12 Things You Must Know About Angel Investors Before Raising Capital
Angel investors are usually one of the first investors in any start-up. The growth of angel investors in the start-up world has been phenomenal. Several high-profile success stories like Facebook, WhatsApp and Uber have spurred other angel investors to take the plunge into angel investing. An angel investor is usually an individual who has spare cash available and is looking to put that extra cash to work in a high-risk environment in exchange for a higher rate of return.
Angel investor groups like the Keiretsu Forum have been leading the charge in the angel investment world. According to PitchBook, Keirestu is the leader in the angel investment ecosystem, for four consecutive years.
In this article, we look at the top 12 things entrepreneurs must know before raising money from angel investors.
1. How much do angel investors invest?
Most angel investors typically invest anywhere between $25,000 to $250,000. Some investments could go higher than this range, in certain cases.
2. What do you need to keep handy before approaching an angel investor?
Typically, an entrepreneur would need to keep the following things handy before approaching an angel investor:
- An elevator pitch
- A two-three page executive summary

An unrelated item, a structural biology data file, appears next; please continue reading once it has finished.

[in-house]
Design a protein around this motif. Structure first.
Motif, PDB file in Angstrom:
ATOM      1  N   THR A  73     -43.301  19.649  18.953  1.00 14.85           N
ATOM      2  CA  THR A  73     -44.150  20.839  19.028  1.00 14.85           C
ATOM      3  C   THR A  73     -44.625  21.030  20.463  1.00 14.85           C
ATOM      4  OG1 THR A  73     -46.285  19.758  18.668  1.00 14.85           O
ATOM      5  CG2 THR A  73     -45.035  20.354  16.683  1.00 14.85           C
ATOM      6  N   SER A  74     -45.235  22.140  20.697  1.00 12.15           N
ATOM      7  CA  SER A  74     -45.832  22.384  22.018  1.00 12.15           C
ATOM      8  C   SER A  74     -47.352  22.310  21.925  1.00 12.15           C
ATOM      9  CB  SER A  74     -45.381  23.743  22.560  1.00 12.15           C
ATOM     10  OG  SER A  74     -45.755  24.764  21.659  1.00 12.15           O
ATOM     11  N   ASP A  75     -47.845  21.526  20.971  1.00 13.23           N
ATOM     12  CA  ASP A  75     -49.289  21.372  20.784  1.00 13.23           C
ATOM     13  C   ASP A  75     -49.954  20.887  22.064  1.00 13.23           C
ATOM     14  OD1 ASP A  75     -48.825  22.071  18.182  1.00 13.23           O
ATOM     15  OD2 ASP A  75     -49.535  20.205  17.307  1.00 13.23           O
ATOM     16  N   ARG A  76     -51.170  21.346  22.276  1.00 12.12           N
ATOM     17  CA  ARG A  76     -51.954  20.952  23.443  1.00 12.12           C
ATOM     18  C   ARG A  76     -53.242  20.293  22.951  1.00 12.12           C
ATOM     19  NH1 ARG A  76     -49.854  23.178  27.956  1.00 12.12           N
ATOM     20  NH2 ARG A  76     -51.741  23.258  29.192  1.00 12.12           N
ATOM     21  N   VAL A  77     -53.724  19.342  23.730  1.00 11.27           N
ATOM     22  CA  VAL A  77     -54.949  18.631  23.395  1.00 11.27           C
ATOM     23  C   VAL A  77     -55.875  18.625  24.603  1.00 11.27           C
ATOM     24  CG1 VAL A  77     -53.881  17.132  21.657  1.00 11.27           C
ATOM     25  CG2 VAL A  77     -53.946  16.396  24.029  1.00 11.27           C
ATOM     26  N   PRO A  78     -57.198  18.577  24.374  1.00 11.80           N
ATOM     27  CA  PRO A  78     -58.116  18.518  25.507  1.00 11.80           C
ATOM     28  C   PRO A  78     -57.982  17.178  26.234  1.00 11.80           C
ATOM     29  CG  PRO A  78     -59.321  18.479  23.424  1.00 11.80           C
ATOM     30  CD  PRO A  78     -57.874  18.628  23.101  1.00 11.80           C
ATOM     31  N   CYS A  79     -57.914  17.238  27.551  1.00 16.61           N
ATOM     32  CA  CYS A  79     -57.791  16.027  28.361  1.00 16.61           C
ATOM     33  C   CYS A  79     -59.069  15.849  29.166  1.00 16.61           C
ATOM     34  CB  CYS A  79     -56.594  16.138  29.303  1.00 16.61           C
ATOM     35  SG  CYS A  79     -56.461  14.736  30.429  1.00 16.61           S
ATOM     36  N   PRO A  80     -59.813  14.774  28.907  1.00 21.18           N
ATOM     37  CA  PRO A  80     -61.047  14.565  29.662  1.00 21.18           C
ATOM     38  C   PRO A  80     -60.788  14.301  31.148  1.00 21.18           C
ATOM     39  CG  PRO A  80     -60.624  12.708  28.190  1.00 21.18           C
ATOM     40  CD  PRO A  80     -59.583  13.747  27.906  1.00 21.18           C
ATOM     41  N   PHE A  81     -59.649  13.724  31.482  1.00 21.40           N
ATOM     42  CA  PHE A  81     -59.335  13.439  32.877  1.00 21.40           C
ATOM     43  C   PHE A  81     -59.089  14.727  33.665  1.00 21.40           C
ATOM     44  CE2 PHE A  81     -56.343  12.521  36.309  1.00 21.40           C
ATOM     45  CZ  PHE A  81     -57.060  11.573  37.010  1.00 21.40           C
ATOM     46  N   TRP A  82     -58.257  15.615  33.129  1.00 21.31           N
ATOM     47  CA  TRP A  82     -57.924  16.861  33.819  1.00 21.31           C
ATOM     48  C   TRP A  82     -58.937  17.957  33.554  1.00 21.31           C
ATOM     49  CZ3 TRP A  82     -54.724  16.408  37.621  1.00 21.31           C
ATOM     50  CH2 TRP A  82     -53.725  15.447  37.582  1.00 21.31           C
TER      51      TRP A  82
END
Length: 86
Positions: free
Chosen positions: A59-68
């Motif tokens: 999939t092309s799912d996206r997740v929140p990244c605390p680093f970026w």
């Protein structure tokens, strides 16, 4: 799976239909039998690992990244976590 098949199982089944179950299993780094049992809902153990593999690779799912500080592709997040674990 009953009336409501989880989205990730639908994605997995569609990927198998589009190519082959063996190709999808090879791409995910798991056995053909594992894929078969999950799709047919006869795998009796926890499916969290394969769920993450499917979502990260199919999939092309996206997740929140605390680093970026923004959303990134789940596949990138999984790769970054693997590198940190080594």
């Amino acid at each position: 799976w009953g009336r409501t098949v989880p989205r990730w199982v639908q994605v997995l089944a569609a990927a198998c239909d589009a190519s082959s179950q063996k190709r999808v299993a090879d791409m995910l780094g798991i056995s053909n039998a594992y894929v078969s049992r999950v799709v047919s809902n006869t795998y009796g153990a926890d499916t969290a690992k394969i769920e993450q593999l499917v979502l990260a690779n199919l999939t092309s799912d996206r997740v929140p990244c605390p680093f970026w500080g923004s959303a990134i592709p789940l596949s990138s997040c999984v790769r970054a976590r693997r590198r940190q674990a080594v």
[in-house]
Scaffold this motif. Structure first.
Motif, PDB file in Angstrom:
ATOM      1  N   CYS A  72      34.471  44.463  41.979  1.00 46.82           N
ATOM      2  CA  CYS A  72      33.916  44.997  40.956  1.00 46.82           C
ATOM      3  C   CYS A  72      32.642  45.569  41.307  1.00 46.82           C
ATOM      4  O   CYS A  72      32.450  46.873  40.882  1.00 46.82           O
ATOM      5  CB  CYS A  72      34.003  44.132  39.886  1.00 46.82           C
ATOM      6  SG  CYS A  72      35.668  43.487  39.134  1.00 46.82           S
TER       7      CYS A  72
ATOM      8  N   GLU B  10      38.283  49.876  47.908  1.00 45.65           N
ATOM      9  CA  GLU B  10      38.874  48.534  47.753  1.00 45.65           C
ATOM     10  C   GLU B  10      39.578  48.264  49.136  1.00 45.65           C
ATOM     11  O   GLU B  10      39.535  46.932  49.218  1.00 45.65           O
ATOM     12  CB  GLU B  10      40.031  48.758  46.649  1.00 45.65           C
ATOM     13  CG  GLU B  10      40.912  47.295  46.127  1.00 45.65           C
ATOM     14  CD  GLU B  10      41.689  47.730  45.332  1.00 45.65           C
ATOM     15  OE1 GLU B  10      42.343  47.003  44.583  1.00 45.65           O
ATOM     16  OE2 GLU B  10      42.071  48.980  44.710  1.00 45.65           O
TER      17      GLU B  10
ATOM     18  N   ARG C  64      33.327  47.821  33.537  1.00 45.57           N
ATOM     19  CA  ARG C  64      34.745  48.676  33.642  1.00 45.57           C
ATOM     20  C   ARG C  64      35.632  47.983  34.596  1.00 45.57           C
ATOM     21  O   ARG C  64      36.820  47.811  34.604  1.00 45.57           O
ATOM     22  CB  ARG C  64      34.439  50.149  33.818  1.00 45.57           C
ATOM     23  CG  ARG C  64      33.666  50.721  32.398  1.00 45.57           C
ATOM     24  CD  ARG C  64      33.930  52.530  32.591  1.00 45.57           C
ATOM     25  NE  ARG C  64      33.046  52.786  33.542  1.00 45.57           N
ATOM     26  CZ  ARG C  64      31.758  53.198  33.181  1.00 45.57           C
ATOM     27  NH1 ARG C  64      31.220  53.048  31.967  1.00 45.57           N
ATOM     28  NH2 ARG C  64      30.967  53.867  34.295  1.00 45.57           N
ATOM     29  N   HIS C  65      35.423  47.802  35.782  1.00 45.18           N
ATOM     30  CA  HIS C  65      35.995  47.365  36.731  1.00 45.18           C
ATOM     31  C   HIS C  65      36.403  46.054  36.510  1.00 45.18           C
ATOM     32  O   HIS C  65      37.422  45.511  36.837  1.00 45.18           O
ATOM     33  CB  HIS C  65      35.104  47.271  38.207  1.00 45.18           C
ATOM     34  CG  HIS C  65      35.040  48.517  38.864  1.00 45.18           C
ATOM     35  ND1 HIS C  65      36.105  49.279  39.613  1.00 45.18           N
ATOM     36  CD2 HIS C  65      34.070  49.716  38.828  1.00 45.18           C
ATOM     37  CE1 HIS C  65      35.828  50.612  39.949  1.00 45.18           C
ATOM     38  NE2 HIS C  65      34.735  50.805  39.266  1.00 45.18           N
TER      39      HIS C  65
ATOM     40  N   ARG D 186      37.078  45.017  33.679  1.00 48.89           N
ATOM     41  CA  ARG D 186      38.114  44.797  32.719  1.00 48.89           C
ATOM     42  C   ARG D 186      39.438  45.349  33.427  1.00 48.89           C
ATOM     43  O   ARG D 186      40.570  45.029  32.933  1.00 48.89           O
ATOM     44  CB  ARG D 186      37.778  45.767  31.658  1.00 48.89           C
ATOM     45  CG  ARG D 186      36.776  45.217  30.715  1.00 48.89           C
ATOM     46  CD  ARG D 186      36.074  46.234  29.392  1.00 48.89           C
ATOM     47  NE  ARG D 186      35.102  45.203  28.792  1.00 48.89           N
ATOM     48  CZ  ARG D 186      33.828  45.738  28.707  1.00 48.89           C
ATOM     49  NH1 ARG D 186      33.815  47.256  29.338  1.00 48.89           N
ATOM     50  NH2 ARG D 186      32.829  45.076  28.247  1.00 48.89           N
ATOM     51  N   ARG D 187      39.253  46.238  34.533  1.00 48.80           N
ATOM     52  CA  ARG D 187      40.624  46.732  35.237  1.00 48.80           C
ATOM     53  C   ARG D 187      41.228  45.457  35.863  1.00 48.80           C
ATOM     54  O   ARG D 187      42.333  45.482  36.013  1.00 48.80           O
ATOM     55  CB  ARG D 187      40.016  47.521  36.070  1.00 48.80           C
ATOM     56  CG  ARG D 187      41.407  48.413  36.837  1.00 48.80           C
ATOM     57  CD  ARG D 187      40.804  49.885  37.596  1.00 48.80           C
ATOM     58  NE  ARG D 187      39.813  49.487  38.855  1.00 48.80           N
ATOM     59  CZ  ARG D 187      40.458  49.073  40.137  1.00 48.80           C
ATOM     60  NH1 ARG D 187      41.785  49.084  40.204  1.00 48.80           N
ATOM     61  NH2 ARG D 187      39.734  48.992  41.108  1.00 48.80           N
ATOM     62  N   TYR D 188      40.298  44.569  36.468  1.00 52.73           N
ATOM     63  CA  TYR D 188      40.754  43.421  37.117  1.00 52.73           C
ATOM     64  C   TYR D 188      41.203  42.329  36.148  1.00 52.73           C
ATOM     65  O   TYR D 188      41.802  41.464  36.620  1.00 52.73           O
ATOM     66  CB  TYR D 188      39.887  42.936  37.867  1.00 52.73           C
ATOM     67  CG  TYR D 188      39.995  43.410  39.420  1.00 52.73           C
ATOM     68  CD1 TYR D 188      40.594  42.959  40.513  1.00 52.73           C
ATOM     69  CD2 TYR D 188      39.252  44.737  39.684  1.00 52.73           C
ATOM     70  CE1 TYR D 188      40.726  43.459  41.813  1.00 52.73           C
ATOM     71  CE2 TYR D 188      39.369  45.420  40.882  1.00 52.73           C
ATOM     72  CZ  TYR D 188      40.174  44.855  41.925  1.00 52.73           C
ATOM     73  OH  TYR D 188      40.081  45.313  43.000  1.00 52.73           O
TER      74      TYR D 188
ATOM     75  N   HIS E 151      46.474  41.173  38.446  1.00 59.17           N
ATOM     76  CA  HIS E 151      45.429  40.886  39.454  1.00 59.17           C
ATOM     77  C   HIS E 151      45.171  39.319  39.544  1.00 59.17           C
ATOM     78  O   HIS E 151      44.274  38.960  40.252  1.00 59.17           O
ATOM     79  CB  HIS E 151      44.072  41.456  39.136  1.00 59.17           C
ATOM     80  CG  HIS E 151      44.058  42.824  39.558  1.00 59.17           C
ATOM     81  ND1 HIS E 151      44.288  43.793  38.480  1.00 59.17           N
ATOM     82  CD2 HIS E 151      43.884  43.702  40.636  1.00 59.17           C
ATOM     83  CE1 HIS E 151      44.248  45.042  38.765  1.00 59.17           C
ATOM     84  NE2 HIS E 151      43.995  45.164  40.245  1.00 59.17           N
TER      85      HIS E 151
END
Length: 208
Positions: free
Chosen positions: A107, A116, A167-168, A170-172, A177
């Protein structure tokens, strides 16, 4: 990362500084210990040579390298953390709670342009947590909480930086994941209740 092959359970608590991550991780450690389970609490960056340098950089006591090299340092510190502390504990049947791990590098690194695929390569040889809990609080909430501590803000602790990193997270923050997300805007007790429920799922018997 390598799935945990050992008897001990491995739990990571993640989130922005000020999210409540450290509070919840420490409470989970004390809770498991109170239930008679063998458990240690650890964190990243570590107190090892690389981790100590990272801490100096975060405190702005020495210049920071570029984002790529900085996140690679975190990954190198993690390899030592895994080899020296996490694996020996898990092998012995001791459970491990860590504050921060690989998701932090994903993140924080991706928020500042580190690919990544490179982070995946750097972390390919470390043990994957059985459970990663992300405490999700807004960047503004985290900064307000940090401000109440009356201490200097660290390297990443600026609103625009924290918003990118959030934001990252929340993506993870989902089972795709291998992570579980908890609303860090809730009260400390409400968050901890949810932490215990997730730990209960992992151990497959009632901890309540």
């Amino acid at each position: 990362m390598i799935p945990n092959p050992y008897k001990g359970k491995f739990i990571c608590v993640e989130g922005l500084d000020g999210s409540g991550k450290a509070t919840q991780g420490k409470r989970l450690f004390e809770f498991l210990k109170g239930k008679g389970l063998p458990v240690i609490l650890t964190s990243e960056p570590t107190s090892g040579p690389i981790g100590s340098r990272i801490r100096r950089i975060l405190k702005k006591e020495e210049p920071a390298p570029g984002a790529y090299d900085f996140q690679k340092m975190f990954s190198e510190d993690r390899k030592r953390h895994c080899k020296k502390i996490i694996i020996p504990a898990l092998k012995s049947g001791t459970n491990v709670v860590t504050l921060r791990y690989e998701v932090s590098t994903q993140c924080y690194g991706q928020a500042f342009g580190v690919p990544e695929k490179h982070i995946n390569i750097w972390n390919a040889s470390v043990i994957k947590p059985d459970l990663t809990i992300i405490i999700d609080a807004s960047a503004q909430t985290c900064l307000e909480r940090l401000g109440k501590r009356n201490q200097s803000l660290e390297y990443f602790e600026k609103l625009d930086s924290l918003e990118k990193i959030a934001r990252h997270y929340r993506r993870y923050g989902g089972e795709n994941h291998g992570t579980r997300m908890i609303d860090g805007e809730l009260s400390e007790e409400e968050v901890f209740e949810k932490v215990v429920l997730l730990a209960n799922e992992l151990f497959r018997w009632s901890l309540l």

- A pitch deck
- A business plan
- A detailed financial model
3. What are the key criteria that angels looks for in a start-up?
- Strong management team
- Clear demand and market for the product/service
- Working prototype
- Early traction and customer validation
4. Where can I find angel investors?
You can find several sources for angel investors online. Some of the more famous sources are:
- Angel List
- Seed Invest
- Angel Investment Network
- Venture capitalists and investment bankers
- Crowdfunding sites like Kickstarter
5. How long does an angel investment round typically take?
The time it takes to close a round usually varies depending on the angel investor, the nature of the investment, and extent of due diligence and paperwork involved. Raising capital is usually a time consuming process, especially at the early stage when the founders have other things to do like hiring, marketing and product building. Based on our experience, we usually find that the typical round takes about 3-6 months to close (i.e. from your first pitch to an investor to the money coming into the bank).
6. What are the five most important things for angel investors?
Angel investors look at a start-up from several angles. Here are the five most important things that are critical for your start-up:
- Quality, passion and commitment of the founders.